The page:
Carbon fiber material supply is currently increasing by 9–10 million pounds per year. Demand began a 10-fold increase with Boeing’s and Airbus’s new carbon-intensive airplane orders in 2005.

Source: Warren, Dave. 2010. Low Cost Carbon Fiber Overview. Oak Ridge National Laboratory.

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Carbon fiber market share by company

The carbon fiber manufacturing market is very concentrated; six companies produce nearly 93% of the world’s supply of carbon fiber.

Source: Warren, Dave. 2010. Low Cost Carbon Fiber Overview. Oak Ridge National Laboratory.

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Examples of carbon composite structures

The carbon fiber manufacturing market is very concentrated; six companies produce nearly 93% of the world’s supply of carbon fiber.

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Comparison of carbon fiber vs steel manufacturing costs

Automotive manufacturing costs can be cut by 80% with carbon fiber-based autos vs. steel-based ones due to greatly reduced tooling and simpler assembly and joining. However, such cost savings are currently overshadowed with carbon fiber material prices upwards of $16/lb.

Sources: Fuchs, Erica R. H., Frank R. Field, Richard Roth, and Randolph E. Kirchain. 2008. “Strategic Materials Selection in the Automobile Body: Economic Opportunities for Polymer Composite Design.” Composites Science and Technology 68 (9): 1989–2002.
Boeman, Raymond G., and N. L. Johnson. 2002. Development of a Cost Competitive, Composite Intensive, Body-in-White. Publication 2002-01-1905. Oak Ridge National Laboratory.

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Carbon fiber precursor basics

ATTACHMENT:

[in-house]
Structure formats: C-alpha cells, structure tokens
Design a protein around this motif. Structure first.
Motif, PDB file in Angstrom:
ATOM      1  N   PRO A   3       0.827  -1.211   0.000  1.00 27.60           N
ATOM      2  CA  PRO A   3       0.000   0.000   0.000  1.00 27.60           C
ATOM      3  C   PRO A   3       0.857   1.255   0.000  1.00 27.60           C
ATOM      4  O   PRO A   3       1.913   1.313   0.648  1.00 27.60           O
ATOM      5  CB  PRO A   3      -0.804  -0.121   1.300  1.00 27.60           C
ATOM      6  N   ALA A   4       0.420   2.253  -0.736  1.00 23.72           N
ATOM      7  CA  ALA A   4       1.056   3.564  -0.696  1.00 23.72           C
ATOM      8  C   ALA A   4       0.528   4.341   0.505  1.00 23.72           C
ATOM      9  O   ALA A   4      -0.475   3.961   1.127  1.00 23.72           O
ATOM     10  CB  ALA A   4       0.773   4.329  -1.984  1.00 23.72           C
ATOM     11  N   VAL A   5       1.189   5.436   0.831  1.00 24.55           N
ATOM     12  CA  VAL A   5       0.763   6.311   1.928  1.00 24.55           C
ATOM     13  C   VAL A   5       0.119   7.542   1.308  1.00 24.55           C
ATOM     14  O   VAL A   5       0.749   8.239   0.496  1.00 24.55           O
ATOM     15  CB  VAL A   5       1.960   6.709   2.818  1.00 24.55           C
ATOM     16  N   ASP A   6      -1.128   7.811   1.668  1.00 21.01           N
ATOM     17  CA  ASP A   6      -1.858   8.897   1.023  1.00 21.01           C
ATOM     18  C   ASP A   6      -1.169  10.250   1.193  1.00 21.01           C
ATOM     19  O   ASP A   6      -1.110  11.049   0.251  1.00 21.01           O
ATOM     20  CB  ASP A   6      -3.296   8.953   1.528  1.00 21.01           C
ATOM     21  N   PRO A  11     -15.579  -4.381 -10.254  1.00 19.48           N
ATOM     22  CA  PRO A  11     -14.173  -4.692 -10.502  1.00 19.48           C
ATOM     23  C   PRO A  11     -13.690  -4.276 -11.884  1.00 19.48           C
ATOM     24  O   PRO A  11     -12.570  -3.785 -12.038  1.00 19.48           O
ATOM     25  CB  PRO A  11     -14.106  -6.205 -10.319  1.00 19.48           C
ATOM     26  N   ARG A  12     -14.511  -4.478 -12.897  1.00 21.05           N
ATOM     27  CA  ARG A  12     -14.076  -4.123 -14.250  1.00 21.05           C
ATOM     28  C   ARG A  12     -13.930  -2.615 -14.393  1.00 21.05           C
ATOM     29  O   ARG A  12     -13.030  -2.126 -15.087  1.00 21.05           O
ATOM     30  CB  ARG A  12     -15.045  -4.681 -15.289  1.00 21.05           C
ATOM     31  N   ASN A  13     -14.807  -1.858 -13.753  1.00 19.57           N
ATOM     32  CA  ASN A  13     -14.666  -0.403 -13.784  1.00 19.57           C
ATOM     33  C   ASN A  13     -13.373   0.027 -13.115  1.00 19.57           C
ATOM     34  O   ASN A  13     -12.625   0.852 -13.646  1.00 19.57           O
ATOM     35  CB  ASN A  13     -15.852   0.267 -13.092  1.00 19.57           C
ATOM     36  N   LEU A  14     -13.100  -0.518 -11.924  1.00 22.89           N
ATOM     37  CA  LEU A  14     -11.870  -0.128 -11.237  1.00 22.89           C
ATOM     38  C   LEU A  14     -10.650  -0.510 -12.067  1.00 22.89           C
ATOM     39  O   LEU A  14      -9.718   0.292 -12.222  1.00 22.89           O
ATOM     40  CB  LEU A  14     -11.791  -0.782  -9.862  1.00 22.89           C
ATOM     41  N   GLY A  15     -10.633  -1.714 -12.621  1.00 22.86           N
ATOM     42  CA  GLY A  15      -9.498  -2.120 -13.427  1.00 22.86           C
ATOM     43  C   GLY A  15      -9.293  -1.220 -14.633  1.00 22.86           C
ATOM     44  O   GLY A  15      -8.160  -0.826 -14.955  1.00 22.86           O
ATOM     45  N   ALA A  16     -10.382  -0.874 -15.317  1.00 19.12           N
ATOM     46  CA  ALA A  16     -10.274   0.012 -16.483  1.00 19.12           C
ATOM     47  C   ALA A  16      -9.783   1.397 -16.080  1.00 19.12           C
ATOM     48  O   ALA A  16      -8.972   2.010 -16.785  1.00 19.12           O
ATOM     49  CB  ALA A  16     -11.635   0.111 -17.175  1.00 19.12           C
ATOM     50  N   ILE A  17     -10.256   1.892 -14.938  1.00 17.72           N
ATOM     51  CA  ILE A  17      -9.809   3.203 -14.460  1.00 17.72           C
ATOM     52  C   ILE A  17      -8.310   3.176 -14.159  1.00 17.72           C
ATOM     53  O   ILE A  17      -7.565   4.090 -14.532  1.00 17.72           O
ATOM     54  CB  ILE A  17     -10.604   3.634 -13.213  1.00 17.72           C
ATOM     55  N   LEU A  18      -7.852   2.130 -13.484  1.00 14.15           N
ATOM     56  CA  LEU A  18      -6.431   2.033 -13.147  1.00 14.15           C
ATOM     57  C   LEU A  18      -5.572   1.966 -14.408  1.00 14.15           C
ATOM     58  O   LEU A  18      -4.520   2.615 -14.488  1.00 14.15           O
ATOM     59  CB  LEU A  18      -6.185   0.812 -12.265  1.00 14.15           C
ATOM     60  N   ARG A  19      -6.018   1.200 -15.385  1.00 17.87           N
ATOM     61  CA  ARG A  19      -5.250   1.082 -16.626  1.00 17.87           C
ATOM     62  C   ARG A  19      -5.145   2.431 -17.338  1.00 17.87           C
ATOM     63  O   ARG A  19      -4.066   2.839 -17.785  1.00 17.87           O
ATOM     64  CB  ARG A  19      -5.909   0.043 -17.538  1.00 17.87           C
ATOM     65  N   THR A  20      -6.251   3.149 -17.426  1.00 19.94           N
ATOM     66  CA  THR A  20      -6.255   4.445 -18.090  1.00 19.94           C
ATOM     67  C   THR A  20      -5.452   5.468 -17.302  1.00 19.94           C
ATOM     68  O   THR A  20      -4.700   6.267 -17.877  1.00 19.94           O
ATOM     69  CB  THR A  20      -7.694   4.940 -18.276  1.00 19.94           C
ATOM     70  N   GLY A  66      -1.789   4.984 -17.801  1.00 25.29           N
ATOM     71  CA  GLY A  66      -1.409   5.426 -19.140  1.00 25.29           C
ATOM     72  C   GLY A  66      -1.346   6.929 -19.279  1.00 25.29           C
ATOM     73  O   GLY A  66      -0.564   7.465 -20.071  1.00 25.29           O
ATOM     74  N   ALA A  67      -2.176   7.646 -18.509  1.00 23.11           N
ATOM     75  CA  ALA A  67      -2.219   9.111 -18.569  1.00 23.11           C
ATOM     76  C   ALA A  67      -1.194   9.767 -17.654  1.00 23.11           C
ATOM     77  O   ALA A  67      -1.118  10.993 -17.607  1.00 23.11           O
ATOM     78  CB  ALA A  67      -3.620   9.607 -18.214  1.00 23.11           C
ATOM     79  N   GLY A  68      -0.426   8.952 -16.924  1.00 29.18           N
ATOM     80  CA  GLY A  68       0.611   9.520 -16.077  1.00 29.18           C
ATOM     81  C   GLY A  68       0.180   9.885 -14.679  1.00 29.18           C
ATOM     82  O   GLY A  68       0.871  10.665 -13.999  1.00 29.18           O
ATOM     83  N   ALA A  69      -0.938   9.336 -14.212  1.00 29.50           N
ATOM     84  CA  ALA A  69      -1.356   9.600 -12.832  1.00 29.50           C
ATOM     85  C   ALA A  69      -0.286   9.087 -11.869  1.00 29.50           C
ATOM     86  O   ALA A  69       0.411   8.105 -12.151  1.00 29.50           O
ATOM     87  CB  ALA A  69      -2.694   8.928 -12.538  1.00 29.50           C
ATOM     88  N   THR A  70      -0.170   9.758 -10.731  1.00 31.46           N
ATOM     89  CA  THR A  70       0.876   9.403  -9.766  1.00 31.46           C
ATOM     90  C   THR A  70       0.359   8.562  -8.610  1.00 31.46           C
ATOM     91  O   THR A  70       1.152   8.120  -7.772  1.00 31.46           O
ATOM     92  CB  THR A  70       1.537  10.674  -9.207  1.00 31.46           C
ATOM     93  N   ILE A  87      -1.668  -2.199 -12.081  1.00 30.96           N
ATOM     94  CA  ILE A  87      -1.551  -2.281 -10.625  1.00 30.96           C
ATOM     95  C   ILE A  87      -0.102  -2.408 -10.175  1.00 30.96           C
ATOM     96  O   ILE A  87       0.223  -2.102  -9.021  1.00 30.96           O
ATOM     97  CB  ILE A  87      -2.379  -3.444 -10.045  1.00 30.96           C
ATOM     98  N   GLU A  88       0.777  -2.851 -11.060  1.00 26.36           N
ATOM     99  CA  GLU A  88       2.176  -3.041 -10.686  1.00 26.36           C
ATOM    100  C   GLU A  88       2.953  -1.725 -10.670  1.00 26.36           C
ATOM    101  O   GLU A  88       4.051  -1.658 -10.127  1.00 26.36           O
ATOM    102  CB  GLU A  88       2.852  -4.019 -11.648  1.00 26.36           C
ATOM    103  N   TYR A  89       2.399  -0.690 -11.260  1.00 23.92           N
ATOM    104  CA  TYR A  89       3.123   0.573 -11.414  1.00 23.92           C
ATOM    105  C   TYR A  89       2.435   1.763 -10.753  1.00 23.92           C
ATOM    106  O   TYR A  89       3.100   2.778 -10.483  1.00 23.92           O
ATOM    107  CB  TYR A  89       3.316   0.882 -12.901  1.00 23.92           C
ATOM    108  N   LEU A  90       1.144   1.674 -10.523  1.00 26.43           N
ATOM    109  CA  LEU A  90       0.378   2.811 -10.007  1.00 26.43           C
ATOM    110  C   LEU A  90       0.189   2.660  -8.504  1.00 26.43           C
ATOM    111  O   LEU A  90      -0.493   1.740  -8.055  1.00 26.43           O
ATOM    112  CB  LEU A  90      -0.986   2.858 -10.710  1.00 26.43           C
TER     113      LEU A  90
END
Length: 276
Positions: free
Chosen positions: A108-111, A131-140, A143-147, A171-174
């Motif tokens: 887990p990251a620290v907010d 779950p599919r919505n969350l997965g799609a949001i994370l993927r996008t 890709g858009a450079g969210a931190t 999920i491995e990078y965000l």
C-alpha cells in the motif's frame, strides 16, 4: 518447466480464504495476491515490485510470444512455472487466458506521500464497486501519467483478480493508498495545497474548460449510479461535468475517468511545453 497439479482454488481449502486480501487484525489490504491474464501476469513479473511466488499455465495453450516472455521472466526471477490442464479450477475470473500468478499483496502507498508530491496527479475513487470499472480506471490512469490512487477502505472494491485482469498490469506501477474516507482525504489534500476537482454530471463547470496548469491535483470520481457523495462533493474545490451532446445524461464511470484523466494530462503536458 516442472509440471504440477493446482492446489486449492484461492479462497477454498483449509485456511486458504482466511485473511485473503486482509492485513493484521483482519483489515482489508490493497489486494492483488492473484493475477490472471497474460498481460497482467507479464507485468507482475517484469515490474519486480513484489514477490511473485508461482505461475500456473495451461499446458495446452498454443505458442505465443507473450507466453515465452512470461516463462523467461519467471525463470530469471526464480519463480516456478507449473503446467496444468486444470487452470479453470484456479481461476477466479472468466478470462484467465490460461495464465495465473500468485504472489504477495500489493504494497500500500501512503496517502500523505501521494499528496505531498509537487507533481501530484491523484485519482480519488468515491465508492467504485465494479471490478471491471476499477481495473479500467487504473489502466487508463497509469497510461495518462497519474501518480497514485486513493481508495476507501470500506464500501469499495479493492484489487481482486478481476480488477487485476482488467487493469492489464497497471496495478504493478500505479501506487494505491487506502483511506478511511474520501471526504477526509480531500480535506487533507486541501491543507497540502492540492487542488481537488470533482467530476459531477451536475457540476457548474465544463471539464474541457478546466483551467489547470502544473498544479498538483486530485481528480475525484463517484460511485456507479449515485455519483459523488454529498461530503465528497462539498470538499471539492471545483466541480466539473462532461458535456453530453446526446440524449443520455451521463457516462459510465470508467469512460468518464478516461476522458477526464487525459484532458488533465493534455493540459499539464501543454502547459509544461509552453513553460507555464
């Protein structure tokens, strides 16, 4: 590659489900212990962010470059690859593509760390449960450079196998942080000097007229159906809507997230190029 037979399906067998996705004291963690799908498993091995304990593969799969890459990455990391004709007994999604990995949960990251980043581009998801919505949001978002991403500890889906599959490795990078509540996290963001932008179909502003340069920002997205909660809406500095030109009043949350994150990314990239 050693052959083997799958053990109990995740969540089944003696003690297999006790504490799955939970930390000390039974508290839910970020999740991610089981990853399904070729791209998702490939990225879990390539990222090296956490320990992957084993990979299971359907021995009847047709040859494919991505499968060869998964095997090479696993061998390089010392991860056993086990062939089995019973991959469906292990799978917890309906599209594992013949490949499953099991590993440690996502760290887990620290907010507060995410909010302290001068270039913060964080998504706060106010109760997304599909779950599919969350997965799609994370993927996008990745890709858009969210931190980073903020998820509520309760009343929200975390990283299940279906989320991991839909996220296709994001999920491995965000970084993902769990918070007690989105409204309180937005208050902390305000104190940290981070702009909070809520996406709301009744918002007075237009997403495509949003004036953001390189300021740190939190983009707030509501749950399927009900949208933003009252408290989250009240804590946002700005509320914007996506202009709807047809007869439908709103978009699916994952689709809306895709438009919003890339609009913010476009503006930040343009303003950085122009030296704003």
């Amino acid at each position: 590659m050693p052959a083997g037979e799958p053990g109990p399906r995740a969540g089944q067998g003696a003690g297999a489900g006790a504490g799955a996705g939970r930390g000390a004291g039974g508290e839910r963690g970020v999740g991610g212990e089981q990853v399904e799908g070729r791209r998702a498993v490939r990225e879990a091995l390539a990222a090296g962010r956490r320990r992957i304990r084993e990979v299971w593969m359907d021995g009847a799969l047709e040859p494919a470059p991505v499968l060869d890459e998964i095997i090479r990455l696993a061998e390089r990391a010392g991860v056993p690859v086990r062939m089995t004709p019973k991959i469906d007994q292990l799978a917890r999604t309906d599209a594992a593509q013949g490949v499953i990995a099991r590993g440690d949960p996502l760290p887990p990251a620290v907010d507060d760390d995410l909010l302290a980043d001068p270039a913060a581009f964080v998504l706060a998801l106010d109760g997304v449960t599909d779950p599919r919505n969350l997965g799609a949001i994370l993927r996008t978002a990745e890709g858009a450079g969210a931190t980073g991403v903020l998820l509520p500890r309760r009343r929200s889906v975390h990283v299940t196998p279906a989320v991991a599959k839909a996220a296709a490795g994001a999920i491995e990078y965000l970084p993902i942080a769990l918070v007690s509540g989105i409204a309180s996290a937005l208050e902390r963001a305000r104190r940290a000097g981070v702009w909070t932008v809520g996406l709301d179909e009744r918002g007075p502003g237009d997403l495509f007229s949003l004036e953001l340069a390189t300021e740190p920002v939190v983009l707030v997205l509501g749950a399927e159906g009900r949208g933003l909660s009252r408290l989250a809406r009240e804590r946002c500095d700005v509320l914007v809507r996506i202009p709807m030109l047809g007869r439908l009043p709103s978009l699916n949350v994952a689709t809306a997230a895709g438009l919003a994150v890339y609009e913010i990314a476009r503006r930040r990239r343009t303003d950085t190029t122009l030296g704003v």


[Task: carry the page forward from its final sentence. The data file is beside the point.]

Raw carbon fiber is made from either polyacrylonitrile (PAN) or a petroleum pitch precursor. Rayon was used prior to the development of PAN. These fossil-fuel-based materials come from petroleum refining or natural gas processing.

Source: Flake C. Campbell, Jr. 2004. Manufacturing processes for advanced composites. vol. 13. Elsevier.

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Carbon fiber cost breakdown

Carbon fiber costs are primarily driven by manufacturing. Within the manufacturing process, petroleum-based precursors account for just over half the cost of carbon fiber. Across the industry, manufacturing costs are dominated by the high cost of carbon fiber precursor materials.

Sources: McKinsey & Co. 2003.New Horizons: Multinational Company Investment in Developing Economies. McKinsey & Co.
B: Warren, Dave. 2010. Low Cost Carbon Fiber Overview. Oak Ridge National Laboratory.

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How to make advanced composite hypercar class autobodies

The Hypercar (shown) achieved 53% curb-mass reduction without compromising safety. Its 14-part structure was much simpler than its typical 100–200 part counterparts made of steel and aluminum. A paper by Oak Ridge National Laboratory drafted a concept of a composite intensive body-in-white with 18 parts. Its concept had over a 60% mass reduction, also with uncompromised safety.

Sources: Lovins, A.B. and Rocky Mountain Institute. 1996. Hypercars: Materials, manufacturing, and policy implications. Rocky Mountain Institute. 2 vols.